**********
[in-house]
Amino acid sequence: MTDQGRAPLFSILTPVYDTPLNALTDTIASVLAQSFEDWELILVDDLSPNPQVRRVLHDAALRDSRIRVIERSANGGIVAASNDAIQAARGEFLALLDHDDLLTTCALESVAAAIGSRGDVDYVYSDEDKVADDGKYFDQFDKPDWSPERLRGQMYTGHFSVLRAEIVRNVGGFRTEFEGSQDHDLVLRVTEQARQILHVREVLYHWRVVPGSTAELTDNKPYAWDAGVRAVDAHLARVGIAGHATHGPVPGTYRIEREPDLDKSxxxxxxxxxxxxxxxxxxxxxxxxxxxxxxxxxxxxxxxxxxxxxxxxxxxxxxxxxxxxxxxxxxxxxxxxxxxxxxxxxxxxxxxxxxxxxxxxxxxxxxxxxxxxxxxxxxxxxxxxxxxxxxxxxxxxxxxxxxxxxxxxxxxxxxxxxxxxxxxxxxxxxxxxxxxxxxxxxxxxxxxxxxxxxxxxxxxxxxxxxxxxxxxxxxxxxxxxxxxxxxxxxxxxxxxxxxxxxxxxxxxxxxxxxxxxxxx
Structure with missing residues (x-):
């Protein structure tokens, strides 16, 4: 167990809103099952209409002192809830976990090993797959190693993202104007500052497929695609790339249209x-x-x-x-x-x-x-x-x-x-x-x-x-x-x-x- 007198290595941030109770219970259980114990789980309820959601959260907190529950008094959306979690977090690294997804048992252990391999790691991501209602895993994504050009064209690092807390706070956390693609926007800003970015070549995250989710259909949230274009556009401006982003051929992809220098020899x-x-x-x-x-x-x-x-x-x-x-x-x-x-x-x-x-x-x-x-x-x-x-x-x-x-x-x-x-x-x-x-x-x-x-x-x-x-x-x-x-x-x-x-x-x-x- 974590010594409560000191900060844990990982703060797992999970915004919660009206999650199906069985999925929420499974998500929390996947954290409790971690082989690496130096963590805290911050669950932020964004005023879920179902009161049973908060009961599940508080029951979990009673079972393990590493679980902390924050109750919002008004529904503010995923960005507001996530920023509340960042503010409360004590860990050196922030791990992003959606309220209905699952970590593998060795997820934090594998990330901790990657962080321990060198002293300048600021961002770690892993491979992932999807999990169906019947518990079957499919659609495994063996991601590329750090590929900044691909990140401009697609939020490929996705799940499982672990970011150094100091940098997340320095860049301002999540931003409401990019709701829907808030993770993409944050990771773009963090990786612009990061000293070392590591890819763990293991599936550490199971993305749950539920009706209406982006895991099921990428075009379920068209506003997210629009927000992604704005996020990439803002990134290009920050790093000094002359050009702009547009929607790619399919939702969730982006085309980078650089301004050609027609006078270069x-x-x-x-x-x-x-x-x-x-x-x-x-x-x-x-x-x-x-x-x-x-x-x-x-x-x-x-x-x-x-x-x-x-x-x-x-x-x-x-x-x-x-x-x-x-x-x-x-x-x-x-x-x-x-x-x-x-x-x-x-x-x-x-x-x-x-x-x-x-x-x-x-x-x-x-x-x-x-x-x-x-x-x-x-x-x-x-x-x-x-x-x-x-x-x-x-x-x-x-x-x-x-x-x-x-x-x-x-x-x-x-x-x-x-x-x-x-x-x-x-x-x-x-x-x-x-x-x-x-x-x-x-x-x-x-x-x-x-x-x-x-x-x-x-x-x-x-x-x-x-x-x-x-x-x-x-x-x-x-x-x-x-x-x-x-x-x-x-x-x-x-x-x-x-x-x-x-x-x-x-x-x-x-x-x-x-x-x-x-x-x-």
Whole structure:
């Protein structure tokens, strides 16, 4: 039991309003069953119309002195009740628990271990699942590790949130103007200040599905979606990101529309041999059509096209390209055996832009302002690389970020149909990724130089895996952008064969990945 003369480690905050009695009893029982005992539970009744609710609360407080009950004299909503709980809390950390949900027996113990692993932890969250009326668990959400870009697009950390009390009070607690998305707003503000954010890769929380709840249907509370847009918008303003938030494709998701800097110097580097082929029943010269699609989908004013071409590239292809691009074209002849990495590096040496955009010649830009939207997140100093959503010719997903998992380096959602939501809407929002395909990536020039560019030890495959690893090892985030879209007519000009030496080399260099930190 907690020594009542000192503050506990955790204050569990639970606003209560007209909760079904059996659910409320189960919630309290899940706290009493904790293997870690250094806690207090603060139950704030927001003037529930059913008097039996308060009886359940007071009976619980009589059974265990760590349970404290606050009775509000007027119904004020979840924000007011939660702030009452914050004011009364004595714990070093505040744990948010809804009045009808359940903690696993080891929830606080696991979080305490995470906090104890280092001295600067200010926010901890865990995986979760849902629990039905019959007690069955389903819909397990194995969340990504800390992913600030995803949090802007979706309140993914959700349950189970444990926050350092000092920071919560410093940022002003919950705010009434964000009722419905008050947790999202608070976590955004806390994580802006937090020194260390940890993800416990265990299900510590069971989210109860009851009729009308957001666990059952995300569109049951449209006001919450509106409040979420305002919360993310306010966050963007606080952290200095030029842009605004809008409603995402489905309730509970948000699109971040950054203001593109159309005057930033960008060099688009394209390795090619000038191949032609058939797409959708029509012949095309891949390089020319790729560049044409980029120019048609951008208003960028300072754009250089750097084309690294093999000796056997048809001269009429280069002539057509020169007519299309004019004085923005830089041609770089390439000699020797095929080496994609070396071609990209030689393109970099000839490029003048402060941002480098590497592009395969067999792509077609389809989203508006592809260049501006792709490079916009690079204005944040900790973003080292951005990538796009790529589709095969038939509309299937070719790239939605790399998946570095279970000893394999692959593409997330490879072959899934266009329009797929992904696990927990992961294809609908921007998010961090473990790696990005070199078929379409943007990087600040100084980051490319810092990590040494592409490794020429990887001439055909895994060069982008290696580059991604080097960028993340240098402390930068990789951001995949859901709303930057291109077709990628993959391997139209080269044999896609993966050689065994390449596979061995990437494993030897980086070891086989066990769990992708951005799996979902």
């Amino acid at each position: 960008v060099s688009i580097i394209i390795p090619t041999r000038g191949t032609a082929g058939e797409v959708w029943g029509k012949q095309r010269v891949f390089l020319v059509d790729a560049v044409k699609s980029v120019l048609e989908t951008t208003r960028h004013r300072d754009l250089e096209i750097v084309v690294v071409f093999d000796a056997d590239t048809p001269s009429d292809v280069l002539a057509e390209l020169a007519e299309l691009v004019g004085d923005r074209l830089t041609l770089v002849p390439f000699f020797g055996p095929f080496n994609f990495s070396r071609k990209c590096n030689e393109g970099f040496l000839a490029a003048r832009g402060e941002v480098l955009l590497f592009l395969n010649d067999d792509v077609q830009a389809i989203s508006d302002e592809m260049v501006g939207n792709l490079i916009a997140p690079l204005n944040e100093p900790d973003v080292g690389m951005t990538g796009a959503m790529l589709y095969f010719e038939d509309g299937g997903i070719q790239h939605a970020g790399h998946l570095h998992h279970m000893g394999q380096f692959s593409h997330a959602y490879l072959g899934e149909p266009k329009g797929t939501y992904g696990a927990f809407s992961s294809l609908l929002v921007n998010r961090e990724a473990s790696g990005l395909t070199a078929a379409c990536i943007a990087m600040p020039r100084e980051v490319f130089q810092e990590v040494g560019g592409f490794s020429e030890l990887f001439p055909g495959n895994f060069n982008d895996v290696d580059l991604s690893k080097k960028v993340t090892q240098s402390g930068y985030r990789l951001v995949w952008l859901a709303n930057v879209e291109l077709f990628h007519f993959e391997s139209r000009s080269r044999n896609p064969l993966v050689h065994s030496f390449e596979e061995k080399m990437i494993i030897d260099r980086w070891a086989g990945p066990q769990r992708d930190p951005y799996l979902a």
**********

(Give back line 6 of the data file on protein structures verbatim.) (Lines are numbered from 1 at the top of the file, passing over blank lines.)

């Protein structure tokens, strides 16, 4: 039991309003069953119309002195009740628990271990699942590790949130103007200040599905979606990101529309041999059509096209390209055996832009302002690389970020149909990724130089895996952008064969990945 003369480690905050009695009893029982005992539970009744609710609360407080009950004299909503709980809390950390949900027996113990692993932890969250009326668990959400870009697009950390009390009070607690998305707003503000954010890769929380709840249907509370847009918008303003938030494709998701800097110097580097082929029943010269699609989908004013071409590239292809691009074209002849990495590096040496955009010649830009939207997140100093959503010719997903998992380096959602939501809407929002395909990536020039560019030890495959690893090892985030879209007519000009030496080399260099930190 907690020594009542000192503050506990955790204050569990639970606003209560007209909760079904059996659910409320189960919630309290899940706290009493904790293997870690250094806690207090603060139950704030927001003037529930059913008097039996308060009886359940007071009976619980009589059974265990760590349970404290606050009775509000007027119904004020979840924000007011939660702030009452914050004011009364004595714990070093505040744990948010809804009045009808359940903690696993080891929830606080696991979080305490995470906090104890280092001295600067200010926010901890865990995986979760849902629990039905019959007690069955389903819909397990194995969340990504800390992913600030995803949090802007979706309140993914959700349950189970444990926050350092000092920071919560410093940022002003919950705010009434964000009722419905008050947790999202608070976590955004806390994580802006937090020194260390940890993800416990265990299900510590069971989210109860009851009729009308957001666990059952995300569109049951449209006001919450509106409040979420305002919360993310306010966050963007606080952290200095030029842009605004809008409603995402489905309730509970948000699109971040950054203001593109159309005057930033960008060099688009394209390795090619000038191949032609058939797409959708029509012949095309891949390089020319790729560049044409980029120019048609951008208003960028300072754009250089750097084309690294093999000796056997048809001269009429280069002539057509020169007519299309004019004085923005830089041609770089390439000699020797095929080496994609070396071609990209030689393109970099000839490029003048402060941002480098590497592009395969067999792509077609389809989203508006592809260049501006792709490079916009690079204005944040900790973003080292951005990538796009790529589709095969038939509309299937070719790239939605790399998946570095279970000893394999692959593409997330490879072959899934266009329009797929992904696990927990992961294809609908921007998010961090473990790696990005070199078929379409943007990087600040100084980051490319810092990590040494592409490794020429990887001439055909895994060069982008290696580059991604080097960028993340240098402390930068990789951001995949859901709303930057291109077709990628993959391997139209080269044999896609993966050689065994390449596979061995990437494993030897980086070891086989066990769990992708951005799996979902």